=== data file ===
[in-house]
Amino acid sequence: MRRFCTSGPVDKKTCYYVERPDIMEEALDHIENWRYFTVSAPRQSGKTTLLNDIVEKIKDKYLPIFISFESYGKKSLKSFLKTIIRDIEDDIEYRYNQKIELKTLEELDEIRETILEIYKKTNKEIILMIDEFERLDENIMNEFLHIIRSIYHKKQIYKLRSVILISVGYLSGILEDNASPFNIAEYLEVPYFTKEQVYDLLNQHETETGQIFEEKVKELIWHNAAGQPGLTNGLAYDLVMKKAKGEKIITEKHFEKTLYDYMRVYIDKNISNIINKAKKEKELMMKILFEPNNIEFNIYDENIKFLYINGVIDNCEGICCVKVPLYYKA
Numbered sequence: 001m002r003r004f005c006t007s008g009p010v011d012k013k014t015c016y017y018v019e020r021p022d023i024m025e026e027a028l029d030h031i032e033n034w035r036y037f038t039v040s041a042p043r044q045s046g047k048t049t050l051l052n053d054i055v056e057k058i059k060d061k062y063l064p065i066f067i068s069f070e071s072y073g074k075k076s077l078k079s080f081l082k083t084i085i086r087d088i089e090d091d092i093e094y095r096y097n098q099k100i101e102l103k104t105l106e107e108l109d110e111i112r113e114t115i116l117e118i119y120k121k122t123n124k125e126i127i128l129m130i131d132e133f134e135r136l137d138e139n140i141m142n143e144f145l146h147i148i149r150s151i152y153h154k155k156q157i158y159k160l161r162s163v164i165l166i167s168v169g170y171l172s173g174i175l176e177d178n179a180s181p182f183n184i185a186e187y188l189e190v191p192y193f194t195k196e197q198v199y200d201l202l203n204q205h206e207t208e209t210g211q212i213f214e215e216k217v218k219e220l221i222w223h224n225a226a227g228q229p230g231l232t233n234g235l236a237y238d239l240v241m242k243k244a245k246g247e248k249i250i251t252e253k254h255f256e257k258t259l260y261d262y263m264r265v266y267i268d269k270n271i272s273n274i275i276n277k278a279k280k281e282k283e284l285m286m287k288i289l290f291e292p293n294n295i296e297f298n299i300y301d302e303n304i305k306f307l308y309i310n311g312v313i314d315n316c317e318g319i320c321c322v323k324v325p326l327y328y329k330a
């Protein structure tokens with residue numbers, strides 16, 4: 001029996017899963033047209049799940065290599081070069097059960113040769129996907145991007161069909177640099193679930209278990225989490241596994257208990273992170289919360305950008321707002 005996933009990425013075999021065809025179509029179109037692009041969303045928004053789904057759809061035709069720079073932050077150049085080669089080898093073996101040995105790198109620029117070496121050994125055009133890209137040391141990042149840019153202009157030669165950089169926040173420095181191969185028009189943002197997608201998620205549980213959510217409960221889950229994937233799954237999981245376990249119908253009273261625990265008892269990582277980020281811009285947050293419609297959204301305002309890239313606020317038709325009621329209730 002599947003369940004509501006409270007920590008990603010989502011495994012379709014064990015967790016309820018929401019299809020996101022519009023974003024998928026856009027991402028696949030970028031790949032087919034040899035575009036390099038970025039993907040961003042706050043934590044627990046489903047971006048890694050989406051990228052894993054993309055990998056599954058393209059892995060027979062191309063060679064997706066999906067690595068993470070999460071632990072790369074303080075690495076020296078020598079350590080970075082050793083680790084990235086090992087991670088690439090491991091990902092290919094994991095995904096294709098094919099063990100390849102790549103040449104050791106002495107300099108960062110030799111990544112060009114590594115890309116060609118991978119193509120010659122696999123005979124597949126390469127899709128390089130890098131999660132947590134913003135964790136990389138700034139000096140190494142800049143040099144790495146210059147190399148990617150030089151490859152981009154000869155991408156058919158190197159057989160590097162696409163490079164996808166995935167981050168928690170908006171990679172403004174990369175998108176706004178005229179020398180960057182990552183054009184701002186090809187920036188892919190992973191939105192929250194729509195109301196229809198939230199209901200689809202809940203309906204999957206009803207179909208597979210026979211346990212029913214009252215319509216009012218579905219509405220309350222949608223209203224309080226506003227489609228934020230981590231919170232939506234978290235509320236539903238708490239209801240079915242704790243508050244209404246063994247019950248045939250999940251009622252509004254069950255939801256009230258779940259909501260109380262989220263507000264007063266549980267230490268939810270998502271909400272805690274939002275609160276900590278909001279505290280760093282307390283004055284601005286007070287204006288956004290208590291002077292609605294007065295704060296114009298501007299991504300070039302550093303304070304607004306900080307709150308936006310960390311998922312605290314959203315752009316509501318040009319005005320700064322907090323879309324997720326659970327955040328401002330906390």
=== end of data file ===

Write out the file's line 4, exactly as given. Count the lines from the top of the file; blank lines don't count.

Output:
């Protein structure tokens with residue numbers, strides 16, 4: 001029996017899963033047209049799940065290599081070069097059960113040769129996907145991007161069909177640099193679930209278990225989490241596994257208990273992170289919360305950008321707002 005996933009990425013075999021065809025179509029179109037692009041969303045928004053789904057759809061035709069720079073932050077150049085080669089080898093073996101040995105790198109620029117070496121050994125055009133890209137040391141990042149840019153202009157030669165950089169926040173420095181191969185028009189943002197997608201998620205549980213959510217409960221889950229994937233799954237999981245376990249119908253009273261625990265008892269990582277980020281811009285947050293419609297959204301305002309890239313606020317038709325009621329209730 002599947003369940004509501006409270007920590008990603010989502011495994012379709014064990015967790016309820018929401019299809020996101022519009023974003024998928026856009027991402028696949030970028031790949032087919034040899035575009036390099038970025039993907040961003042706050043934590044627990046489903047971006048890694050989406051990228052894993054993309055990998056599954058393209059892995060027979062191309063060679064997706066999906067690595068993470070999460071632990072790369074303080075690495076020296078020598079350590080970075082050793083680790084990235086090992087991670088690439090491991091990902092290919094994991095995904096294709098094919099063990100390849102790549103040449104050791106002495107300099108960062110030799111990544112060009114590594115890309116060609118991978119193509120010659122696999123005979124597949126390469127899709128390089130890098131999660132947590134913003135964790136990389138700034139000096140190494142800049143040099144790495146210059147190399148990617150030089151490859152981009154000869155991408156058919158190197159057989160590097162696409163490079164996808166995935167981050168928690170908006171990679172403004174990369175998108176706004178005229179020398180960057182990552183054009184701002186090809187920036188892919190992973191939105192929250194729509195109301196229809198939230199209901200689809202809940203309906204999957206009803207179909208597979210026979211346990212029913214009252215319509216009012218579905219509405220309350222949608223209203224309080226506003227489609228934020230981590231919170232939506234978290235509320236539903238708490239209801240079915242704790243508050244209404246063994247019950248045939250999940251009622252509004254069950255939801256009230258779940259909501260109380262989220263507000264007063266549980267230490268939810270998502271909400272805690274939002275609160276900590278909001279505290280760093282307390283004055284601005286007070287204006288956004290208590291002077292609605294007065295704060296114009298501007299991504300070039302550093303304070304607004306900080307709150308936006310960390311998922312605290314959203315752009316509501318040009319005005320700064322907090323879309324997720326659970327955040328401002330906390």